The American Foundation for Suicide Prevention: Suicide Rate is Up 3.7 Percent According to Most Recent Center for Disease Control and Prevention Data (Year 2017)
NEW YORK, Nov. 29, 2018
NEW YORK, Nov. 29, 2018 /PRNewswire/ -- Today, the CDC released three mortality reports including the most recent data related to suicide in the U.S. for the year 2017. According to the new CDC data, suicide remains the tenth leading cause of death and the rate of suicide in 2017 increased by 3.7 percent. In 2016, the last year the CDC released mortality data, there were 44,965 suicide deaths; in 2017 there were 47,173: an increase of 2,208 additional deaths.
Dr. Christine Moutier, the Chief Medical Officer of the American Foundation for Suicide Prevention (AFSP), the nation's largest suicide prevention organization, released the following statement about the new CDC data:
"This increase in the suicide rate is extremely discouraging. Until we scale up intervention efforts at the community, state and national levels, we will likely continue to see an increase in suicides in the United States. We must address suicide as a public health issue, as we do with other leading causes of death such as cancer and HIV/AIDS. Suicide is preventable. As a nation, we must take action by making a major investment in suicide research, translating that research into treatment and early interventions for mental health, and further educating the public on the warning signs of suicide.
At AFSP, we are dedicated to reversing this rising trend in suicide mortality, and we need others to join us in this national effort. As the nation's largest private funder of suicide prevention research, we know through concentrated efforts that have been shown to reduce risk, successful outcomes are possible. We have developed and invested in Project 2025, a high-impact, collaborative initiative, aimed at the organization's bold goal of reducing the nation's annual suicide rate 20 percent by 2025. Based on the evidence, AFSP has identified four critical areas to help reach this unprecedented goal, including: (1) firearms and suicide prevention, (2) large healthcare systems, (3) emergency departments, and (4) corrections systems. Project 2025 will span across all demographic and key higher risk groups to save thousands of lives within the next decade. Learn more about Project 2025.
There are five main reasons the rate is rising, and until we address these, we won't see a reduction in the suicide rate:
- Cultural attitudes about help seeking need to improve, as does our ability to have caring, informed conversations to proactively optimize resilience and mental health. (In vast majority of cases, research shows that 90 percent of the time when someone dies by suicide, they have a diagnosable mental health condition at the time of their death.)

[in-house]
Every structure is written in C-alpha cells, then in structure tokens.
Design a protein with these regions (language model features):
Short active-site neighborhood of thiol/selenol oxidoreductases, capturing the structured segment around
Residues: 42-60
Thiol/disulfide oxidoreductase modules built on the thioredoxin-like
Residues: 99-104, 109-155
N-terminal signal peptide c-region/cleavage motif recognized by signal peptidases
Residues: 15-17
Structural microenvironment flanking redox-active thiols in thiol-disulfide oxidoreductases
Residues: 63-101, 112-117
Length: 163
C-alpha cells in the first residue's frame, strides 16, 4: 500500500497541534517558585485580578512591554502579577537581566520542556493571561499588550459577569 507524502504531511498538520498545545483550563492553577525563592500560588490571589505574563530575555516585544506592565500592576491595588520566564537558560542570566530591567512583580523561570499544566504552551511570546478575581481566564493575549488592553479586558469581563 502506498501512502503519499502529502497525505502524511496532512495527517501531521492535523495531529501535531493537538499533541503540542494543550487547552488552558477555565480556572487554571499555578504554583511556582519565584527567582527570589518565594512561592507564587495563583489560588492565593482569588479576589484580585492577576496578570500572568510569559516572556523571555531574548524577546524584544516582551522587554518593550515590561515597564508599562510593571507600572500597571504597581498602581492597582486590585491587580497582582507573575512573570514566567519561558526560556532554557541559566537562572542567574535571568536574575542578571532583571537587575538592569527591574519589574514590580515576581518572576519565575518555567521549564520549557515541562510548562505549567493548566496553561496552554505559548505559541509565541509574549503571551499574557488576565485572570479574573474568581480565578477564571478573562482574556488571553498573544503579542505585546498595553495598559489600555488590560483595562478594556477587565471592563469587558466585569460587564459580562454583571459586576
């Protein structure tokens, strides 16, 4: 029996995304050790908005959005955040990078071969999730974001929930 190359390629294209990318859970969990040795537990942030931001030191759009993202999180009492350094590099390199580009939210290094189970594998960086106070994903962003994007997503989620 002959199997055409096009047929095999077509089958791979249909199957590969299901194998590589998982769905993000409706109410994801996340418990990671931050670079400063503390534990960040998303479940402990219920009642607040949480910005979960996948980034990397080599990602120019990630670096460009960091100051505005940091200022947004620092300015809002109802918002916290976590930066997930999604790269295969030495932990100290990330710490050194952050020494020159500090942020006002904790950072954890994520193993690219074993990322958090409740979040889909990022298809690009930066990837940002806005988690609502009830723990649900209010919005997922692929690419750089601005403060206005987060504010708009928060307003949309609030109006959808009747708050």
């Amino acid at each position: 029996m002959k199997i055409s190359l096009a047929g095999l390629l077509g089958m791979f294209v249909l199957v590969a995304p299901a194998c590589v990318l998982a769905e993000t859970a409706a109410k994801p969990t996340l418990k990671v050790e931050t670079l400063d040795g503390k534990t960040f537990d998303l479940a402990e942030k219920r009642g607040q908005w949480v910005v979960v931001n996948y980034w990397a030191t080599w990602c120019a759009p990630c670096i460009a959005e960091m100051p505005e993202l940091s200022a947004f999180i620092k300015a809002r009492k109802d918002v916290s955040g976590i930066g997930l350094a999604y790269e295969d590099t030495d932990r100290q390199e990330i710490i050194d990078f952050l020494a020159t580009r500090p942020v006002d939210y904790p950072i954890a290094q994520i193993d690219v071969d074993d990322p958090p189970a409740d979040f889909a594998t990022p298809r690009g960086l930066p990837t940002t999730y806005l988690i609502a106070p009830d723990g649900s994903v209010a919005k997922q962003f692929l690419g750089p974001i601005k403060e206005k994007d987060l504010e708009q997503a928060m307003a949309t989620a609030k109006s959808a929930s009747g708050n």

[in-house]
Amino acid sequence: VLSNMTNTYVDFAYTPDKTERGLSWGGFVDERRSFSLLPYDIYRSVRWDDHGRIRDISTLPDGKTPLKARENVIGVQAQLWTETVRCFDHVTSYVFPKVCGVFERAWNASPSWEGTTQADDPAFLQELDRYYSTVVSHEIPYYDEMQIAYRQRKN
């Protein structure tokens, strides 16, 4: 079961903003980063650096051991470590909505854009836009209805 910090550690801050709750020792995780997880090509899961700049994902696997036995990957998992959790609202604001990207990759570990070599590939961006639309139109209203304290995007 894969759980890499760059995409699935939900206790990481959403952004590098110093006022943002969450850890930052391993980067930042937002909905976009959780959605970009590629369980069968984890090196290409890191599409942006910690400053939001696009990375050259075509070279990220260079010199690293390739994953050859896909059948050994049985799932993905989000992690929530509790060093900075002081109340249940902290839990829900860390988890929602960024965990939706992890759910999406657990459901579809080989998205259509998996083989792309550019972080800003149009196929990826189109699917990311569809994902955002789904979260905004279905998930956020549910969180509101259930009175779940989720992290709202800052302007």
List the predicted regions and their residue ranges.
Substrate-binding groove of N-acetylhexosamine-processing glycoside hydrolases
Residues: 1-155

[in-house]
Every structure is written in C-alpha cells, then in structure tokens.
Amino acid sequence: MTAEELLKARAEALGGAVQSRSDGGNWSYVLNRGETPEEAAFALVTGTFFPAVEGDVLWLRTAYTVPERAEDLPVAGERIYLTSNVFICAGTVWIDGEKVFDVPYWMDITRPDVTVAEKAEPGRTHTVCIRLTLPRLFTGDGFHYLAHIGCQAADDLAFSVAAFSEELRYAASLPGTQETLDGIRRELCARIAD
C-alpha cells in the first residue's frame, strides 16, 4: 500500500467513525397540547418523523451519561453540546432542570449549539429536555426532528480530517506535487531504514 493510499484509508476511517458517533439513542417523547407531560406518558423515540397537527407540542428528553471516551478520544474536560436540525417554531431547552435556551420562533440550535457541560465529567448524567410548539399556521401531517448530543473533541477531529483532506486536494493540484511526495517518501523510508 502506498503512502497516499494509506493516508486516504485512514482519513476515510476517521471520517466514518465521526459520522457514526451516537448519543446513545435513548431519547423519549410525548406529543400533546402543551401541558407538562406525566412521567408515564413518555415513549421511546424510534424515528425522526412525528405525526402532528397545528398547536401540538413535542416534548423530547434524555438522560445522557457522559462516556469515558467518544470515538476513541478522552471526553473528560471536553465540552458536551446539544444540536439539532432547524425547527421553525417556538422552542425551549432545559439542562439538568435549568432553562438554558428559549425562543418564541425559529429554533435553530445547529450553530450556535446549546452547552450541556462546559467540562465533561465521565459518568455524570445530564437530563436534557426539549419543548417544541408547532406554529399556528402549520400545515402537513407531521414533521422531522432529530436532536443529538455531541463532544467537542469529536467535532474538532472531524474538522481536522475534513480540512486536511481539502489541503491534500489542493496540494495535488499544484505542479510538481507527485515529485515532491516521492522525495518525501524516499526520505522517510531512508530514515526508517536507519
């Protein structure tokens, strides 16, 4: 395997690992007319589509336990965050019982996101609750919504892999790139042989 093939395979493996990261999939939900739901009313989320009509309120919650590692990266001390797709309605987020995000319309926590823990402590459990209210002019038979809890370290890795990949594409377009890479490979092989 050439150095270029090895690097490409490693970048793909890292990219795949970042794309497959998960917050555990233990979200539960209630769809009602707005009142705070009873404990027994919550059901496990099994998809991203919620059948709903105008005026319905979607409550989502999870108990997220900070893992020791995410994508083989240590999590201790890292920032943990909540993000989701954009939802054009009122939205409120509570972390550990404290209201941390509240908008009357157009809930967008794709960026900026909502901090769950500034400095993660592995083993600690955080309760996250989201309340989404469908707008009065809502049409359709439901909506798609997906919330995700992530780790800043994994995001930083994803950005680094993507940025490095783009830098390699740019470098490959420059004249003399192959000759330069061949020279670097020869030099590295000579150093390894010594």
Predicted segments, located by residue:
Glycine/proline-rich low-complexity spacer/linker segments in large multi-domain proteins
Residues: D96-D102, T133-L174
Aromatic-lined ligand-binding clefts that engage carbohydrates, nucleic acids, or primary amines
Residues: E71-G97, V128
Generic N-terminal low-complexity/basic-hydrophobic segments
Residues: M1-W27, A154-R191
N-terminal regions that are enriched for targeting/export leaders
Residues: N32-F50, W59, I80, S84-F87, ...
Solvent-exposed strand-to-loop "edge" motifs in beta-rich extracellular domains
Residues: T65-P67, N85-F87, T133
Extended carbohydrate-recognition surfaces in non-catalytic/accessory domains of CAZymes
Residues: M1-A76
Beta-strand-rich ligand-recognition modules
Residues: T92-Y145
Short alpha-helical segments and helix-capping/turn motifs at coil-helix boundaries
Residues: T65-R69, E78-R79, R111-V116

- People must be able to access affordable, comprehensive health care, including mental health care that specifically addresses suicide prevention.
- Training for primary care physicians and other providers in how to better screen for mental health and suicide risk; and mental health clinicians in how to detect risk and provide lifesaving treatment.
- We must reduce access to lethal means at a population level – specifically, reducing access to lethal means such as firearms and toxic substances by those at risk, which has been proven to reduce suicide rates.
- We need more accurate data collection of suicides and suicide attempts. This past year the National Violent Death Reporting System was expanded to all 50 states, which was the next critical step in gathering accurate national information about suicide.
As a nation, we need to significantly increase our investment in the science, education and advocacy in order to expand effective suicide prevention efforts. The lives of millions of Americans depend on it."
For guidelines on how to report safely on suicide: https://afsp.org/about-suicide/for-journalists/.
The American Foundation for Suicide Prevention is dedicated to saving lives and bringing hope to those affected by suicide. AFSP creates a culture that's smart about mental health through education and community programs, develops suicide prevention through research and advocacy, and provides support for those affected by suicide. Led by CEO Robert Gebbia and headquartered in New York, and with a public policy office in Washington, D.C., AFSP has local chapters in all 50 states with programs and events nationwide. Learn more about AFSP in its latest Annual Report, and join the conversation on suicide prevention by following AFSP on Facebook, Twitter, Instagram, and YouTube.
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SOURCE American Foundation for Suicide Prevention